Frandsen also found a culture of illegal activity and silence in her time at a midwive’s college:

When, as a student midwife, I first participated in nonhospital births, I witnessed some things that made me uncomfortable. At my school, the head midwife would sometimes do illegal vacuum-assisted deliveries. The first time I saw one done I didn’t realize it was illegal, but when I started talking about it freely, I was quickly quieted by the more senior students. “We call  it ‘the fruit,’” they said, a reference to the vacuum’s brand name, Kiwi. I rationalized that these other students and midwives would not be using “the fruit” if it was really harmful, so the law must be an unnecessary one. Soon, I was recruited to help usher family members out of the room “so the mother can rest,” as a cover for the vacuum use; I would then lock the door and stand guard. If I was instructed to cover the mother’s face with a cold washcloth “to help her relax,” I made sure her eyes were covered so not even she could see the vacuum being applied. I rationalized that surely she would have given us permission to do this to help her get her baby out without transporting, but that it wasn’t smart to ask permission to perform an illegal procedure. Toward the end of my apprenticeship, I was the one holding the vacuum, applying it to the baby’s head, exerting the carefully angled pressure to help pull the baby down. I rationalized that now I would know how to get a baby out, if I were ever in a situation where there were no available hospitals. I did not originally plan to attend a school where I would learn to perform dangerous, illegal procedures; I became complicit through a chain reaction of participation and justification. “The fruit” was only one of many “exceptions” I learned to make; many of these exceptions I carried with me to my later practice. Illicit use of medications, cavalier usage of toxic herbs, induction techniques, pretending not to see a cesarean scar, fudging dates, doctoring charts, “accidental” breech deliveries, cheating blood pressure readings, lying to doctors, ignoring borderline test results, pretending to know answers while furtively Googling, waiting just a little bit longer for baby’s heart tones to improve, purposely underestimating the staining of amniotic fluid, misrepresenting our personal statistics and the statistical realities of our “profession”… all of these practices are endemic to direct-entry midwifery in the United States. I know because I did most of them. I was present (and silent) as others did them. I heard the stories in “peer review.” Not every midwife does all of them; very, very few, if any, do none. It all starts with one small step, and we justify along the way, until we are lost in the woods with no moral compass left to guide us.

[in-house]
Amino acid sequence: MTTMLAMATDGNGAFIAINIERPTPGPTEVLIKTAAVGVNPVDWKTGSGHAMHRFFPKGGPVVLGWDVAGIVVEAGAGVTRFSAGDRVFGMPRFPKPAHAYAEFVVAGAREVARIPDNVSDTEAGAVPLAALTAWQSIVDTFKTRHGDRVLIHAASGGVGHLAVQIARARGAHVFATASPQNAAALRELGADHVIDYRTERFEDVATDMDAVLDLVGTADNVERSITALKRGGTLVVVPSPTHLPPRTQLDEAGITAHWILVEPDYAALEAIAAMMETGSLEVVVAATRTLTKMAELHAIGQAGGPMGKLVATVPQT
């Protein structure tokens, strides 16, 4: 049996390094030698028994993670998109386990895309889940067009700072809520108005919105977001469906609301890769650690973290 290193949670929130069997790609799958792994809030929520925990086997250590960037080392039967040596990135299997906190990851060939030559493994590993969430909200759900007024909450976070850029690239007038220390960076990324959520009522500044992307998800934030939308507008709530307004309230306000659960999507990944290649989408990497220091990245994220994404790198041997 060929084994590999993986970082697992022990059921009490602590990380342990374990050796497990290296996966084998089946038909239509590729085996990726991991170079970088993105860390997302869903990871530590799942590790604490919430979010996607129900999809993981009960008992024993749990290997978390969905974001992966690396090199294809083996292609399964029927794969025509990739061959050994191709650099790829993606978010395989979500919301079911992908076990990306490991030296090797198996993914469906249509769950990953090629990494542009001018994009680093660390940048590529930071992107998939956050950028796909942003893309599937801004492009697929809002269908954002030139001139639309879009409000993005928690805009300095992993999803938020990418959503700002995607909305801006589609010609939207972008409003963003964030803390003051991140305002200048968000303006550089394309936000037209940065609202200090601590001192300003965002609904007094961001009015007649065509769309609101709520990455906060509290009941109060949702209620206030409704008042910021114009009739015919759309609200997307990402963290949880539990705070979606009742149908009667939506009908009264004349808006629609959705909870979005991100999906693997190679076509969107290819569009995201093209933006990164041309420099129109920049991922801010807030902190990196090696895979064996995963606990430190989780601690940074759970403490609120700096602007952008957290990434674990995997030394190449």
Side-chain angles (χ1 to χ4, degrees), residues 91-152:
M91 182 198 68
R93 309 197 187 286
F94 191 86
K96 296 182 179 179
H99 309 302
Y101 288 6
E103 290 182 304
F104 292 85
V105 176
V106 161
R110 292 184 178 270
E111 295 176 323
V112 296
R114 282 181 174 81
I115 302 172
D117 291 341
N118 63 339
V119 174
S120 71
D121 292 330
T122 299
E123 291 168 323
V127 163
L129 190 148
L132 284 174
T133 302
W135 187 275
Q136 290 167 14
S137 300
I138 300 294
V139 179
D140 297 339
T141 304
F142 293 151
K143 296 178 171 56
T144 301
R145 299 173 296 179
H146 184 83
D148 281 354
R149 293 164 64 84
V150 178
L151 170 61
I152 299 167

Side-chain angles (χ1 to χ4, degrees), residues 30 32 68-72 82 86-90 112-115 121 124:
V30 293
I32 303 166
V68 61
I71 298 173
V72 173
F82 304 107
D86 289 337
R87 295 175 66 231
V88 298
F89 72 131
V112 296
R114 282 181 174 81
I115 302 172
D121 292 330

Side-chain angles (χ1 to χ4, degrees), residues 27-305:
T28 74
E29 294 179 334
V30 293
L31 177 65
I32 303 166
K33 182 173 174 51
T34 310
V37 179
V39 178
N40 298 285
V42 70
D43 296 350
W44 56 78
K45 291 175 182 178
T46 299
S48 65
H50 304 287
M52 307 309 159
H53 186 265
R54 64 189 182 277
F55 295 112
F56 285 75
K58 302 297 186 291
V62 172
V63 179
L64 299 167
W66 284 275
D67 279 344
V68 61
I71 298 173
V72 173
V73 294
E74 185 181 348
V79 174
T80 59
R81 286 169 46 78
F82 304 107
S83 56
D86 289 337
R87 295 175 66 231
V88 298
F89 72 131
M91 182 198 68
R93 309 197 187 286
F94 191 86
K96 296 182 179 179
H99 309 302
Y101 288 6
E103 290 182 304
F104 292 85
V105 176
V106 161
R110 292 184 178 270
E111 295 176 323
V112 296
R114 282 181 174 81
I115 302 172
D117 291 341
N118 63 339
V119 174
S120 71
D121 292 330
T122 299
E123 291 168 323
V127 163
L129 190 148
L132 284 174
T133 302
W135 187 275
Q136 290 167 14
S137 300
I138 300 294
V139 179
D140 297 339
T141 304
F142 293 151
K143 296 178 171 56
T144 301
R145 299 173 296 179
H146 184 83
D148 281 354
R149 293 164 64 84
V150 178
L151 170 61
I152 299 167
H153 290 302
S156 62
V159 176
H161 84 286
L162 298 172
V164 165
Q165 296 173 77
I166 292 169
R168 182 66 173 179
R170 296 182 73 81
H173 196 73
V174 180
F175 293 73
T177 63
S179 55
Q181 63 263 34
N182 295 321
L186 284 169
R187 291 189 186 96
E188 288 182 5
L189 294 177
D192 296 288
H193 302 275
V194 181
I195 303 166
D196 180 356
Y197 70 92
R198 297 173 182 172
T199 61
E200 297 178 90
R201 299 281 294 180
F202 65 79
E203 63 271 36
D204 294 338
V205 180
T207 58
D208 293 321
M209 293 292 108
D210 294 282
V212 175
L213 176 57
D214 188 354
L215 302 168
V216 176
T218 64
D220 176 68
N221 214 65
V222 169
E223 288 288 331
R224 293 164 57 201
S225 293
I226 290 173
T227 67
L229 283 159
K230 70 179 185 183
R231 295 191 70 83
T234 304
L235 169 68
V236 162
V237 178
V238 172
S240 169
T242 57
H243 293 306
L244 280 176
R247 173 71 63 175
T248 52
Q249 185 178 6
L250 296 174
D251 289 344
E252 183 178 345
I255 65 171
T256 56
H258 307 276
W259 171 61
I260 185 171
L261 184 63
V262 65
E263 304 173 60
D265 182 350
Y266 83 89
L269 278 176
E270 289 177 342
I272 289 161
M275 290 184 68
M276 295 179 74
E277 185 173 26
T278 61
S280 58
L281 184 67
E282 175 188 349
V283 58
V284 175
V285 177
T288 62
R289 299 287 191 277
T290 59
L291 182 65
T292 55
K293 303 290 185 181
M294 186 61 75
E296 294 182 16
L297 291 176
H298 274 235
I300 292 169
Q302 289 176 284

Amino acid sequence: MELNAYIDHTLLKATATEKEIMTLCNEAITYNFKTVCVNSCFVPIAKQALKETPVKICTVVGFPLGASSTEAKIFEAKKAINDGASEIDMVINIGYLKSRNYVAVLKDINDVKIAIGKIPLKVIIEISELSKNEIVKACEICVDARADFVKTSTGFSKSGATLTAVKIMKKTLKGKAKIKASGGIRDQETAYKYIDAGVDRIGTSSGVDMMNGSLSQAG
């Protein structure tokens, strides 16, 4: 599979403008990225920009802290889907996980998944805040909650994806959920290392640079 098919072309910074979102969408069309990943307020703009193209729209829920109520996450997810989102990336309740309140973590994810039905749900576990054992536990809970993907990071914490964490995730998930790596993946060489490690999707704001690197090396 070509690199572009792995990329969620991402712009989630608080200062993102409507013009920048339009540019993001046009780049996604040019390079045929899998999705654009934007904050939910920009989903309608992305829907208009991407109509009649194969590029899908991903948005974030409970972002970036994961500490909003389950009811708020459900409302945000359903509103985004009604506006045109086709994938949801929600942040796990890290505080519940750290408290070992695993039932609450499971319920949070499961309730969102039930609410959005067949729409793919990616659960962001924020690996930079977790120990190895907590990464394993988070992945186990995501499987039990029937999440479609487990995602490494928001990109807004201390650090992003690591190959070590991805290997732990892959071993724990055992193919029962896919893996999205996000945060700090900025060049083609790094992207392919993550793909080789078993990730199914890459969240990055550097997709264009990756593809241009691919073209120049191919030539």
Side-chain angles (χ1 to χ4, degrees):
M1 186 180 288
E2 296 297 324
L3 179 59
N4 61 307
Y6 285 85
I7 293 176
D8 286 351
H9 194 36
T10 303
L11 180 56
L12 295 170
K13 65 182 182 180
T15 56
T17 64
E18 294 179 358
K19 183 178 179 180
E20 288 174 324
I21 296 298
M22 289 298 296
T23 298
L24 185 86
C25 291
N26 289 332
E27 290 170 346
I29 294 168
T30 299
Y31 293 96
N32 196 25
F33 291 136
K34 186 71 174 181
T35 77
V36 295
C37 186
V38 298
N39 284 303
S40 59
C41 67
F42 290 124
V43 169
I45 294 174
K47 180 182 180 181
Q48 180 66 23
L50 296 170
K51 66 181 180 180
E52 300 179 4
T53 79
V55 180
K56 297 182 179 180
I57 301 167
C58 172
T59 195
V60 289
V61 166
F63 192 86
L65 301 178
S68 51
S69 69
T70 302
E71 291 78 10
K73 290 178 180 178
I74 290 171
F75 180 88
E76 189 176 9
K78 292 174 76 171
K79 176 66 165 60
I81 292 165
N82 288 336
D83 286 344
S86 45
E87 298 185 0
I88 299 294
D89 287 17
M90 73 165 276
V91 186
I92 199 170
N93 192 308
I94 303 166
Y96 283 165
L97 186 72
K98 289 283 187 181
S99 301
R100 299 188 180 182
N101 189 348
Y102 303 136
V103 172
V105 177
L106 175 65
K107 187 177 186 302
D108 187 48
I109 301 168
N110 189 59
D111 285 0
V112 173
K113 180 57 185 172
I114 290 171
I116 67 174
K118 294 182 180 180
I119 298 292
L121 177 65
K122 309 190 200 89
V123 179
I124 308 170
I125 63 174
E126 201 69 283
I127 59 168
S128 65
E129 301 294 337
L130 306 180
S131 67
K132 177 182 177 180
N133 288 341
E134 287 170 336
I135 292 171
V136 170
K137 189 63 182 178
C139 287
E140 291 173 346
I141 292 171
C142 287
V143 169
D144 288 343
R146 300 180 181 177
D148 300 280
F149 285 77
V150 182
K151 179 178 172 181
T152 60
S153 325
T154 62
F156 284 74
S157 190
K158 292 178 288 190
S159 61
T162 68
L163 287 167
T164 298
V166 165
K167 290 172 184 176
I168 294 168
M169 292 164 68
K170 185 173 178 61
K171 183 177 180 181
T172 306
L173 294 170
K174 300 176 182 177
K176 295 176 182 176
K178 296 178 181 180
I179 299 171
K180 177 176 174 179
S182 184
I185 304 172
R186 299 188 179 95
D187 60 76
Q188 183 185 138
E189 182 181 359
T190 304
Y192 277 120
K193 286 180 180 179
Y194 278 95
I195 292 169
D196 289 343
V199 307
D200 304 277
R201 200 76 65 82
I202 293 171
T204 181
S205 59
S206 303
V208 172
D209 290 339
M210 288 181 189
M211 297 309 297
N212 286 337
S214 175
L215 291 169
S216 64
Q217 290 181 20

Children’s pajamas recalled due to fire risk

stay safe!

About 32,000 pairs of high-end children's pajamas are being recalled due to the risk of fire. The pajamas are made by Roberta Roller Rabbit and were sold between 2012 and February of this year. (Photo Credit: CPSC) About 32,000 pairs of high-end children’s pajamas are being recalled due to the risk of fire. The pajamas are made by Roberta Roller Rabbit and were sold between 2012 and February of this year. (Photo Credit: CPSC)

About 32,000 pairs of high-end children’s pajamas are being recalled due to the risk of fire.

The pajamas are made by Roberta Roller Rabbit and were sold between 2012 and February of this year.

The Consumer Product Safety Commission say the recalled pajamas, which range from toddler size 1 to youth 12, were sold with either long sleeve with pants or short sleeves with shorts.

The agency said the pajamas fail to meet federal flammability standards. No incidents or injuries have been reported.

Made in Peru, the pajamas retail for between $55 and $65.

The recalled products come in 18 prints in various colors; Babar, Bump, Christopher, Colada, Dino, Elephant, Goby, Hathi, Heart…

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Terrifying search term of the day

someone found my blog by googling “can a midwife legally let a patient gi past 42 weeks”

To answer your question (in Utah), an unlicensed midwife can do whatever she wants to. A licensed midwife is supposed to demand a consult, but might compromise by fudging your due date or otherwise falsifying records (I’ve seen it more than once online as a measure to “save” women from having to get an OB consult).

43 week risk

Of course its a really, really bad idea to go past 42 weeks (or arguably 40 weeks) for reasons illustrated above. The placenta ages and is less able to provide adequate blood and oxygen during contractions, which may contribute to fetal distress, hypoxia, or death during labor. The stillbirth chart is not an all inclusive profile of the risk of going overdue, but it certainly is a scary one. Unless your baby’s heart stops beating while you are already in the hospital there is no real chance of survival. Choose wisely.